Bror Julius Olsson Nordfeldt

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Bror Julius Olsson Nordfeldt
Bror Julius Olsson Nordfeldt c1900.jpg
Born (1878-03-13)March 13, 1878
Tullstorp, Sweden
Died April 21, 1955(1955-04-21) (aged 77)
Henderson, Texas, United States
Cause of death
Heart attack
Education Art Institute of Chicago
Father and Son. Black and white reproduction from 1921 exhibition catalog.

Bror Julius Olsson Nordfeldt (13 April 1878 – April 21, 1955) was an American artist who painted seascapes and depictions of New Mexico's indigenous culture.[1]

Background[edit]

He was born in Tullstorp, Malmö, Skåne County, Sweden the son of Nils and Ingrid (Nordfeldt) Olsson. The family immigrated to the United States in 1892. He first worked as a typesetter for the Swedish language newspaper, Det Rätta Hemlandet. He attended the Art Institute of Chicago and studied with Frederick Richardson. He later apprenticed with Albert Herter in New York City. He studied in Paris at the Académie Julian.[2] He adopted his mother's surname to avoid confusion with the maritime artist (Alfred) Julius Olsson, whose work was then becoming popular in Europe and America.

Career[edit]

During World War I he was in San Francisco where he registered for the draft. During the war, Nordfeldt was assigned to San Francisco to supervise the camouflage of merchant ships. After his service in World War I, he moved to Taos, New Mexico. In 1921, Nordfeldt joined the Taos Society of Artists.[3] In the late 1930s he relocated to Lambertville, New Jersey.[4]

Throughout the 1930s, Nordfeldt taught at various schools including Utah State College, the Wichita Art Association and the Minneapolis School of Art. From 1941-43, he was a guest professor for the Department of Art of the University of Texas.[5][6]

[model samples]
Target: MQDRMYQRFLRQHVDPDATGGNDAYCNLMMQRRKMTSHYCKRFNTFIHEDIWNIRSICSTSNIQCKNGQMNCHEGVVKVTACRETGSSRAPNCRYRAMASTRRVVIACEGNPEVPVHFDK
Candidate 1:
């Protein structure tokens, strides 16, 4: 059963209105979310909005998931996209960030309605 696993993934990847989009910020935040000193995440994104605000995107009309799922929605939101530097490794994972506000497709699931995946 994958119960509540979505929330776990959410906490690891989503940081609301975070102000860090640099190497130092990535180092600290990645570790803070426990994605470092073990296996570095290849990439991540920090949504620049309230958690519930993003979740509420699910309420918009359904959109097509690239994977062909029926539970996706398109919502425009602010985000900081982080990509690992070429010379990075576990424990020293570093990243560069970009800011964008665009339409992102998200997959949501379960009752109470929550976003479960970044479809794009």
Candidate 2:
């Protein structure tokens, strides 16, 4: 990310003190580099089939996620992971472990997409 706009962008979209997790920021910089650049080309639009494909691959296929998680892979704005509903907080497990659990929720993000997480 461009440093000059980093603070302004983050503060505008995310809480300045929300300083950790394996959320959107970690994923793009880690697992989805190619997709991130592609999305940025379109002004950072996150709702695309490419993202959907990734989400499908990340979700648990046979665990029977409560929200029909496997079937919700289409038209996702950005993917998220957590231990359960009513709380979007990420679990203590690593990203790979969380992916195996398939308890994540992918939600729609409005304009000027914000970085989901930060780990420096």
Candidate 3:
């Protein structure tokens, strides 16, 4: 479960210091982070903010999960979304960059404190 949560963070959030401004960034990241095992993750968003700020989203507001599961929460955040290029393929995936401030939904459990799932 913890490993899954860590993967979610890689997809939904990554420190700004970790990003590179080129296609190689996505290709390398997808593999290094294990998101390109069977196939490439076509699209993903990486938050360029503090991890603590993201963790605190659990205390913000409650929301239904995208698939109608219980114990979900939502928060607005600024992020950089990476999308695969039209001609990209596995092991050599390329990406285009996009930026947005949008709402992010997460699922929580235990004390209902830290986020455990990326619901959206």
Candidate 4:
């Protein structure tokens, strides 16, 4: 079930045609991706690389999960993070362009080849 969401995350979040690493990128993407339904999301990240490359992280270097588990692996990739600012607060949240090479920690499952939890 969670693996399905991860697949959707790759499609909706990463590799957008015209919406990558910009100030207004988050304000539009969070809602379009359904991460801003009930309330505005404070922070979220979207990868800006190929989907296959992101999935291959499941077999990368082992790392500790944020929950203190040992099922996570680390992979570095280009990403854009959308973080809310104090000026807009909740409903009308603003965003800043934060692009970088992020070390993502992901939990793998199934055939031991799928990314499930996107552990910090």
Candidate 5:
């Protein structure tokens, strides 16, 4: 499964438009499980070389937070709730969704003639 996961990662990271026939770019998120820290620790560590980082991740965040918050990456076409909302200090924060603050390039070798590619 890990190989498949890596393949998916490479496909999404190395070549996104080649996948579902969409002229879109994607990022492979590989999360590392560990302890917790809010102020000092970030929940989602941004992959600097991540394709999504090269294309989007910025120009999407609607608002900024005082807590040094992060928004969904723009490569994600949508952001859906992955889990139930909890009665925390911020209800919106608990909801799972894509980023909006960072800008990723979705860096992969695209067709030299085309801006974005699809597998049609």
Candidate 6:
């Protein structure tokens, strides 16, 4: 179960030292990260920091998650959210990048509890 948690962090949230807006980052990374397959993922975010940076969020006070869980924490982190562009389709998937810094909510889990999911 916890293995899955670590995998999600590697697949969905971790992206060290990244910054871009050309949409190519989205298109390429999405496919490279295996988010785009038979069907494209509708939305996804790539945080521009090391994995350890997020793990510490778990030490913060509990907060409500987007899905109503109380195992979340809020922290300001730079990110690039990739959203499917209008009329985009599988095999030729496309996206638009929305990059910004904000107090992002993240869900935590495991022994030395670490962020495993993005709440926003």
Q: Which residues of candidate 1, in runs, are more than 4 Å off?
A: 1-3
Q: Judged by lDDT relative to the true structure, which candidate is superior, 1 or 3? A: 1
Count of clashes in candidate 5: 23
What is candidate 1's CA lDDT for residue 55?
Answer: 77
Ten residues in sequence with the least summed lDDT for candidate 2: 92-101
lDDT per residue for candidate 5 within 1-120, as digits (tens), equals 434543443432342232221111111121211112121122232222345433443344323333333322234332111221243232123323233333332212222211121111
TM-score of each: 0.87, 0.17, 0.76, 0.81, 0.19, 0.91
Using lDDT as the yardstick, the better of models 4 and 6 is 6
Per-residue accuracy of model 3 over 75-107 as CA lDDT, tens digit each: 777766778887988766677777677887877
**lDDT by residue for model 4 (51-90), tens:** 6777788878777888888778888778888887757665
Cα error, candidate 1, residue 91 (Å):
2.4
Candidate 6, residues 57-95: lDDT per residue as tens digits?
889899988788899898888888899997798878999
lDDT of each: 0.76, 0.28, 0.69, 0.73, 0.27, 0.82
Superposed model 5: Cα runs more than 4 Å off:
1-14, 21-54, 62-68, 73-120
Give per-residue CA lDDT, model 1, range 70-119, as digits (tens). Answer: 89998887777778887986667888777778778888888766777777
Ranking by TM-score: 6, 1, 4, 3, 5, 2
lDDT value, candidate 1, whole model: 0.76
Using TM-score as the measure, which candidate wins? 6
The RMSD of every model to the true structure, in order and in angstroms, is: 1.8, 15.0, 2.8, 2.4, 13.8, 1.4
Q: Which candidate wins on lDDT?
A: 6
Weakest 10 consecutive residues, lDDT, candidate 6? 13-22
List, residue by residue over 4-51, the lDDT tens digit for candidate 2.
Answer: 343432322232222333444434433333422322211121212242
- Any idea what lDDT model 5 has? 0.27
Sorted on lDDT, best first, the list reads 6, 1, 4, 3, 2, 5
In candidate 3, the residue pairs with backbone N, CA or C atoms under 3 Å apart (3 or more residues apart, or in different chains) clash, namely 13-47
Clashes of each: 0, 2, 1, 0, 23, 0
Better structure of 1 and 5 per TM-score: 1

Nordfeldt worked in diverse styles and media, including etchings and prints, portraiture, still lifes, and landscapes. Nordfeldt strove for a flattening of form and distortion of space, creating stylized images. He chose subjects laden with emotional power, especially nature and religious scenes.[7]

Nordfeldt exhibited in numerous museums and galleries and received many significant awards and prizes in the course of his career. His works are held in the Art Institute of Chicago, the New York Public Library, New Mexico Museum of Art, Metropolitan Museum of Art, Newberry Library, and the Hirshhorn Museum as well as many other venues. Biographical sketches for Nordfeld are published in most standard art reference works. His papers are held in the Manuscript Collections of the Archives of American Art. He died in Henderson, Texas on April 21, 1955.[6]

Awards[edit]

Notes[edit]

  1. ^ B.J.O. Nordfeldt (James A. Michener Art Museum)
  2. ^ Bror Julius Olsson Nordfeldt (Luther College Fine Arts Collection)
  3. ^ Bror Julius Olsson Nordfeldt (Taos Artists)
  4. ^ B.J.O. Norfeldt, James A. Michener Art Museum. Accessed June 26, 2011. "Born Bror Julius Olsson in Sweden, Nordfeldt lived in Chicago, New England, Santa Fe, and ultimately in Lambertville, New Jersey."
  5. ^ "Bror Julias Olsson Nordfeldt". Karges Fine Arts. Retrieved 2008-07-11. 
  6. ^ a b "B.J.O. Nordfeldt Dies". New York Times. April 22, 1955. Retrieved 2008-07-11. 
  7. ^ B.J.O. Nordfeldt (Sullivan Goss)

References[edit]

  • Haugan, Reidar Rye Prominent Artists and Exhibits of Their Work in Chicago (Chicago Norske Klub. Nordmanns-Forbundet, 24: 371—374,Volume 7, 1933)
  • Coke, Van Deren Nordfeldt the Painter (Albuquerque, NM: University of New Mexico Press, 1972)
  • Hunter, Sam. B.J.O. Nordfeldt: An American Expressionist (1984)
  • Swanson, Mary T. The Immigrant Molds the Image: the Life of B.J.O. Nordfeldt (Swedish American Historical Quarterly. Vol. XLII pp. 69–89. April 1991)
  • Crump, Robert L. Minnesota Prints and Printmakers, 1900-1945 (Minneapolis: Minnesota Historical Society Press, 2009)

External links[edit]